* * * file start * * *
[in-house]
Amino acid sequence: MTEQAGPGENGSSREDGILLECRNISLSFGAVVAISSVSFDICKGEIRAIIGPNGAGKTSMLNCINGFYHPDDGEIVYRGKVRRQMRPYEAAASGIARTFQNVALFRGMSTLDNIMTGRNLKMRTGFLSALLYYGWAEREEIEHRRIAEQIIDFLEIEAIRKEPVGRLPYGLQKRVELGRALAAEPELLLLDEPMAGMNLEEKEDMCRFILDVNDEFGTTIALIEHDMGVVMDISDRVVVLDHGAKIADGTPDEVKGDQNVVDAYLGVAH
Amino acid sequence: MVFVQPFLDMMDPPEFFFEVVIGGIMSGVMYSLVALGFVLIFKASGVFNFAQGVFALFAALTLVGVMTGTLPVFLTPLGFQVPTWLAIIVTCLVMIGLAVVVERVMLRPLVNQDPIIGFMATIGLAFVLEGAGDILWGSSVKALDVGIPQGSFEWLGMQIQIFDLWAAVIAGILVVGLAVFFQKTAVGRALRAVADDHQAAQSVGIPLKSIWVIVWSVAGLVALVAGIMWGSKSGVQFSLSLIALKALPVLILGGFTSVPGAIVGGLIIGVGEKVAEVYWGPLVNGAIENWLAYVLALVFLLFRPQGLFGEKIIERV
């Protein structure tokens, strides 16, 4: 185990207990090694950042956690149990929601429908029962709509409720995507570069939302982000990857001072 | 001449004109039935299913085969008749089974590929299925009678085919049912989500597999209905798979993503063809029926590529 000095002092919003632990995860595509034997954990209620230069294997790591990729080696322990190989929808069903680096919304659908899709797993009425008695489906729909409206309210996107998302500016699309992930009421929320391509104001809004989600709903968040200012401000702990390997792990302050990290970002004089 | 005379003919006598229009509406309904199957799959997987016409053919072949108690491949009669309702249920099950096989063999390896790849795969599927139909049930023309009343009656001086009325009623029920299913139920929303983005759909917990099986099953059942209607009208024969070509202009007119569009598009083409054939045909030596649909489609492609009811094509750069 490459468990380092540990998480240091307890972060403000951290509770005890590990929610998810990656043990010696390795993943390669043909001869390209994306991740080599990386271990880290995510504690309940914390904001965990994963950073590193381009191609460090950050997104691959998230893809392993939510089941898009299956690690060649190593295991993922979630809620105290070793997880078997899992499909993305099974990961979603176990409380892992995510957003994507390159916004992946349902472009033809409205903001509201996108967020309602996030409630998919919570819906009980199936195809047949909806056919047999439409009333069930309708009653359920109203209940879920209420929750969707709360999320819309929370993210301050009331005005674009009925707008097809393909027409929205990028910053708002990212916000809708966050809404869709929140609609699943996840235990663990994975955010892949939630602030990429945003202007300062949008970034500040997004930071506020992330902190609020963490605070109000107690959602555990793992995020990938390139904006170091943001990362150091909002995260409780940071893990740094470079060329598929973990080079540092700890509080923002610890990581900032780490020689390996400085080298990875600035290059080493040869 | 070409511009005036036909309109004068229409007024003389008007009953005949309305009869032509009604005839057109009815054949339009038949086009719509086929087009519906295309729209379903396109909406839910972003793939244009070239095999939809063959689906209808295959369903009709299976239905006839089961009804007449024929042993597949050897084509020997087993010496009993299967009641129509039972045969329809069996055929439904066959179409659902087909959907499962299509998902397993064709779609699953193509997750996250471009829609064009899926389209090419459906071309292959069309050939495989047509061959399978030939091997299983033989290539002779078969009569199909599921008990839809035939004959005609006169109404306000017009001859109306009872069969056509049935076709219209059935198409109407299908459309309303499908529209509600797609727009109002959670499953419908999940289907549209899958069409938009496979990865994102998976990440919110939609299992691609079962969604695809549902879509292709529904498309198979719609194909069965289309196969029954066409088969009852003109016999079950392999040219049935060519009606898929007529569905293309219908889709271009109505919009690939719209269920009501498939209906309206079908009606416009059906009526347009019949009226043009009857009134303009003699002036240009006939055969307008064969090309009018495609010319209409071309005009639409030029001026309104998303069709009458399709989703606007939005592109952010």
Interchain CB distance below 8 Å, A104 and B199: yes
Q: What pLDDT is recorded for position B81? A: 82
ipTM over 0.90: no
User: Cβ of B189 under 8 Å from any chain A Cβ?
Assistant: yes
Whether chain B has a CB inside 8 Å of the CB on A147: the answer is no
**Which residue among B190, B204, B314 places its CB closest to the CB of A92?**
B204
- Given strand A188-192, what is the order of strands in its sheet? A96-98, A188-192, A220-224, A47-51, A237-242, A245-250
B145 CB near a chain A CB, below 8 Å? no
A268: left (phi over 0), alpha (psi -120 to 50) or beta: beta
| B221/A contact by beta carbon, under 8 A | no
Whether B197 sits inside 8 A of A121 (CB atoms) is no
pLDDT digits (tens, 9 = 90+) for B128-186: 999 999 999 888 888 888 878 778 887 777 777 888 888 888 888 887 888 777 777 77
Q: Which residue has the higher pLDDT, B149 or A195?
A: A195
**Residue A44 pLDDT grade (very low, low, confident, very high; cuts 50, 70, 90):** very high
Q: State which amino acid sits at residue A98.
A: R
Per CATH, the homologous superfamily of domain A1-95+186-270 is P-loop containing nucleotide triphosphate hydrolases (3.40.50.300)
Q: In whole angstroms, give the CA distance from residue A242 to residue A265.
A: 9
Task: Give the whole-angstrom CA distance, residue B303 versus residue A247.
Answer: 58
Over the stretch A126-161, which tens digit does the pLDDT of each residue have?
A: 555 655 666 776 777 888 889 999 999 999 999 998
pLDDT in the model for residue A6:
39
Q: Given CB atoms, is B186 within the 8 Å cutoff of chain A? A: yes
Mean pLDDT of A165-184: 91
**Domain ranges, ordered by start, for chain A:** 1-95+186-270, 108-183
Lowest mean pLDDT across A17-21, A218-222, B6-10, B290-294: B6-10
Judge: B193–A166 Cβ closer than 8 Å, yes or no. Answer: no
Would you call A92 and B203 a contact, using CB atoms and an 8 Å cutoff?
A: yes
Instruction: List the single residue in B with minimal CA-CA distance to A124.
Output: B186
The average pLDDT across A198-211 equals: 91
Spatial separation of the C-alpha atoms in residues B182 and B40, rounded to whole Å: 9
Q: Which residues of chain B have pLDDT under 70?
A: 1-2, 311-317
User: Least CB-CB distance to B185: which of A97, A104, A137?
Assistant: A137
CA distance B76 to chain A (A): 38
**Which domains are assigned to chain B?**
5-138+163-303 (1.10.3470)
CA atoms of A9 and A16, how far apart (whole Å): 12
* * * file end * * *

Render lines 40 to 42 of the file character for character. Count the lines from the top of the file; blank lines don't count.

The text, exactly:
Instruction: List the single residue in B with minimal CA-CA distance to A124.
Output: B186
The average pLDDT across A198-211 equals: 91